Director Chiu Keng Guan burrows deep into the minutiae of common themes like familial love, friendship as well as patriotism, and does so with aplomb. His most recent films, The Journey and Ola Bola, achieved something local politicians and government leaders have wrestled with for decades — bringing together Malaysians of every creed and colour.
“I don’t make films with the intention of attaining a certain goal. But when I see people laughing, tearing up and waving the national flag in the cinemas while watching my films, I feel extremely touched,” says the affable Batu Pahat-born director.
Growing up as an avid fan of football and the arts, Chiu pursued graphic design at university before fate struck — he was sculpting a horse out of cement one day when fragments of it fell onto a newspaper, right where it showed an advertisement for a vacancy in a local film production company. He applied and rose through the ranks from quality assurance officer to editor, before enrolling at the Beijing Film Academy later.
You will recognise a masterpiece from Chiu when you see one. He finds beauty in banality, be it a breezy motorcycle ride along the kampung roads, rolling clouds in the sky or a sweeping vista of the scenic Broga Hill, and couples it with a poignant soundtrack. His tear-wringing storylines shed light with a poetic resonance on intimate, real-life struggles such as the obstacles of inter-cultural marriage, father-and-daughter relationships and national unity.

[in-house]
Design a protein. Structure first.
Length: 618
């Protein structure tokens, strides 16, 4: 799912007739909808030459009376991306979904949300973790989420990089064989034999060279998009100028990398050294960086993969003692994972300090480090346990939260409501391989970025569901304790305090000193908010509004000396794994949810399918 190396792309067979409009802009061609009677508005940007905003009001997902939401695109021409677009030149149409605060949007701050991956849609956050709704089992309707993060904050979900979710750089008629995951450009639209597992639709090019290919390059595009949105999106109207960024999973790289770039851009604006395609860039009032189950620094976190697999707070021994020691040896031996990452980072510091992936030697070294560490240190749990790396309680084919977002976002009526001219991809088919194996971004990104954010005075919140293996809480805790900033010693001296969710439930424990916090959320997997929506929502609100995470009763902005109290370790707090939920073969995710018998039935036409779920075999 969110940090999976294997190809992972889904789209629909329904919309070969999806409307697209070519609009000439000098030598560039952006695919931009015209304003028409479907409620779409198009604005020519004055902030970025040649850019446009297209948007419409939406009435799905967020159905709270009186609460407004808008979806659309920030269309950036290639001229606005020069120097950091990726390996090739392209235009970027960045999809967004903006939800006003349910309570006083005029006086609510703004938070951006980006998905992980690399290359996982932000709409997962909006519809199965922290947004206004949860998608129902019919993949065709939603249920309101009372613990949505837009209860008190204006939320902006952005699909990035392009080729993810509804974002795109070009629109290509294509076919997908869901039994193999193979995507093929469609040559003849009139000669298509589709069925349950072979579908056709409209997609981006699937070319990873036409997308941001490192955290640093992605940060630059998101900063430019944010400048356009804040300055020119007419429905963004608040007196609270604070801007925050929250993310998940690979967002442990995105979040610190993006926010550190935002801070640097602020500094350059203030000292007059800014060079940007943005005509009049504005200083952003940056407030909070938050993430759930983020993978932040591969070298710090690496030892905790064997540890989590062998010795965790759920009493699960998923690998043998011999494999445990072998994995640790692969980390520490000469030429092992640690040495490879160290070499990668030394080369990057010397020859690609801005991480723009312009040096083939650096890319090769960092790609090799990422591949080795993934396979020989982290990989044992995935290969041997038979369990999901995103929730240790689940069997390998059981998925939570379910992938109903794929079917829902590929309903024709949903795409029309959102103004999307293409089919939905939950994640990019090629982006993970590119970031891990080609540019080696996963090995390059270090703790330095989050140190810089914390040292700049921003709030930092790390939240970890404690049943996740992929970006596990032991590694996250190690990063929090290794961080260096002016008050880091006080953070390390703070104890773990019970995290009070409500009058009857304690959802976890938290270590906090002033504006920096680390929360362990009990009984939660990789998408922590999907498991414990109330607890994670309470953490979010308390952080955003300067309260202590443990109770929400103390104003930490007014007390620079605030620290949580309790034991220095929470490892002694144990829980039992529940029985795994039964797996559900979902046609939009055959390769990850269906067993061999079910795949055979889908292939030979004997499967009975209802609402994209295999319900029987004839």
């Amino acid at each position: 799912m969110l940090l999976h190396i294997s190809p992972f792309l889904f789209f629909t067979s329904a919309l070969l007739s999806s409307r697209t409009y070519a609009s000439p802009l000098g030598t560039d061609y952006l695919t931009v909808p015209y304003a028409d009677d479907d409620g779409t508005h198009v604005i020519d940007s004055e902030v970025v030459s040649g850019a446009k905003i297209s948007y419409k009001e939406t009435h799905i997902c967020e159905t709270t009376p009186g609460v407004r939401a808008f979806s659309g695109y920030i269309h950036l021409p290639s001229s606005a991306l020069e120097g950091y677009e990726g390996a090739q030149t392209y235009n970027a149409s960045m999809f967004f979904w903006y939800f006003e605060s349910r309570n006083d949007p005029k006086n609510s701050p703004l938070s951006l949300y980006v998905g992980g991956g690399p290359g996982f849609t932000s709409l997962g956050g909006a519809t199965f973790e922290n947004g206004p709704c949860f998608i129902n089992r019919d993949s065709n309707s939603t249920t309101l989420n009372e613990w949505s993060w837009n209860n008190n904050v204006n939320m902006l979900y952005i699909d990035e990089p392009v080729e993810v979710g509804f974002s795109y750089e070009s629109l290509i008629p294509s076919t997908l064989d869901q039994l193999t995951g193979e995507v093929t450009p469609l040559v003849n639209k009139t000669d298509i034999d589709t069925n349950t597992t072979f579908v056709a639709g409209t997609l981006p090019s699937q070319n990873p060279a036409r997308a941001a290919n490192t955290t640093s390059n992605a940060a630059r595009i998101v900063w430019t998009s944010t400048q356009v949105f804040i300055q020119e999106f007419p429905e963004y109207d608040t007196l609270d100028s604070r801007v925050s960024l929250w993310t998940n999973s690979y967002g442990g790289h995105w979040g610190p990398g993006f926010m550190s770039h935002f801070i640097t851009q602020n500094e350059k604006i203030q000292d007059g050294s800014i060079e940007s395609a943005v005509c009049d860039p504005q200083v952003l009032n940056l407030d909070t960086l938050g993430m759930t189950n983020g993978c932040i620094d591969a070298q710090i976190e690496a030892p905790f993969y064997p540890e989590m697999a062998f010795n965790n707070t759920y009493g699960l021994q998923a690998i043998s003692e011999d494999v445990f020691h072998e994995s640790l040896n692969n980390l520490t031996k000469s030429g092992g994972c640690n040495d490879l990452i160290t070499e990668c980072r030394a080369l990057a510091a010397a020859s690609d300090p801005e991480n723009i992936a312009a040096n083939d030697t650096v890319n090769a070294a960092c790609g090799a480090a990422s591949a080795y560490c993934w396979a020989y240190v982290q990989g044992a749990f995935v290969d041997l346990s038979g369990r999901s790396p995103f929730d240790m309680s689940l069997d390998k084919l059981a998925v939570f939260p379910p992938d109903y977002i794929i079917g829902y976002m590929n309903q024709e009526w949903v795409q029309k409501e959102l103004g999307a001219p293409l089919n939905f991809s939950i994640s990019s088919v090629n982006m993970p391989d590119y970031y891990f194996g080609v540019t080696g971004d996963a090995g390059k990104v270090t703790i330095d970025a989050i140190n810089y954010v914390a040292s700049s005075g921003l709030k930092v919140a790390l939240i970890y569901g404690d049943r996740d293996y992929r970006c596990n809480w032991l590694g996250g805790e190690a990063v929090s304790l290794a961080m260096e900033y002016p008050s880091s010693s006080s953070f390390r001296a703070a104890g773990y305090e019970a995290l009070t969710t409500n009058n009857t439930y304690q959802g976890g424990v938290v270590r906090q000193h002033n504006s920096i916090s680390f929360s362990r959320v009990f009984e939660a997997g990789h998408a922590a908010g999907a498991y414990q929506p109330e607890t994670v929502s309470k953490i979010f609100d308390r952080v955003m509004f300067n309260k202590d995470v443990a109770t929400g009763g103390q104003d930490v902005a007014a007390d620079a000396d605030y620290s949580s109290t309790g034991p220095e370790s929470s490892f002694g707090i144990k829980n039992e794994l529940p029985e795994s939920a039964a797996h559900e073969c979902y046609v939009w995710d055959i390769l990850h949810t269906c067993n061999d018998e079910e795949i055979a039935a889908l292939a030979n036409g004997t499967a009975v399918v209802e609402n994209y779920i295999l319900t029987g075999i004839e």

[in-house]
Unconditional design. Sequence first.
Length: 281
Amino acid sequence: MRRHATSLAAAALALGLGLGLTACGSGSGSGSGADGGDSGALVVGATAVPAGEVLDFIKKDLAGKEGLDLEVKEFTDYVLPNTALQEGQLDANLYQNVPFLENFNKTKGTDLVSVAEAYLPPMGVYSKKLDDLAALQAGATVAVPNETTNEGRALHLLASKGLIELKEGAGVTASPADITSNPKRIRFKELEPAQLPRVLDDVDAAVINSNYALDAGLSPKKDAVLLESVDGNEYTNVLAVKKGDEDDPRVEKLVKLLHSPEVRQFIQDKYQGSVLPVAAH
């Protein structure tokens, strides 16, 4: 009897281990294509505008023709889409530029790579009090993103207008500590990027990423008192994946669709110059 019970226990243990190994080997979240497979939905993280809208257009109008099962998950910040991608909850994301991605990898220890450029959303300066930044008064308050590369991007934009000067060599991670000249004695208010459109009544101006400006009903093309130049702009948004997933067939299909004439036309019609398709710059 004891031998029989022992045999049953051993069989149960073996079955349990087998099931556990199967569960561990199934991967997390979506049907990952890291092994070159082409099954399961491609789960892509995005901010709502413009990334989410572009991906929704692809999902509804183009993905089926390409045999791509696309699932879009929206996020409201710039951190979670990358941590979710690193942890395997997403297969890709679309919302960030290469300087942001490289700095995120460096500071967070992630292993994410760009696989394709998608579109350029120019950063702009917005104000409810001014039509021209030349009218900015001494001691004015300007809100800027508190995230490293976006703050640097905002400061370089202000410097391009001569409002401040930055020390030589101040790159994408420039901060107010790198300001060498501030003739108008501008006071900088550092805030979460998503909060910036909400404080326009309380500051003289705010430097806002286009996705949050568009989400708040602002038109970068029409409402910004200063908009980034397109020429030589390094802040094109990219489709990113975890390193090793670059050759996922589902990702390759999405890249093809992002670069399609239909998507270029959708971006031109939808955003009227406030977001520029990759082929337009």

Chiu is adept at exploring the emotional nuance of his characters — most of whom are played by first-time or non-mainstream actors — without succumbing to melodrama, mirroring the “realism” approach in the works of Japanese filmmaker Hirokazu Koreeda’s, of whom Chiu is a fan. The director has always been vocal about promoting independent films or casting an unfamiliar face so that it can open more doors for the younger generation and revitalise the languishing local filmmaking scene.
“Yes, good local films are rare, but it’s heartening to see many young filmmakers who are defying the odds and carving out a career in a challenging movie climate. I think it’s very important not to beat yourself up if you fail. Listen to criticism, but don’t bury yourself in them. Always think about what you want to do first before worrying about the circumstances like budget, time or censorship, because if you dwell on those, you’ll never get anything done,” he says.
Chiu has proven his ability to cast a spell over its audience, in part perhaps because he eschews blockbuster techniques in favour of simpler stories with a straightforward yet resounding message. His films — teeming with relatable themes — have riveted audiences, sometimes leaving them in a reverie as they reacquaint the scenes on the big screen with events in their lives. Fashioning a film about Malaysians in a country that is culturally polarised, and seeing the overwhelming response ripple across the country, has reaffirmed that we are not so divided after all.
Winning an award is career-affirming for Chiu, but such accolades also serve as a powerful motivator for him to reflect on the roles of artists and filmmakers in tumultuous times.
“I’m very lucky to have met an amazing crew throughout my career. Making films has never been easy because you have funds to worry about or lofty expectations to meet. I guess what matters the most eventually is the message you’re trying to send out. If people can find joy or even a piece of comfort in your work, you have done your job as a filmmaker.”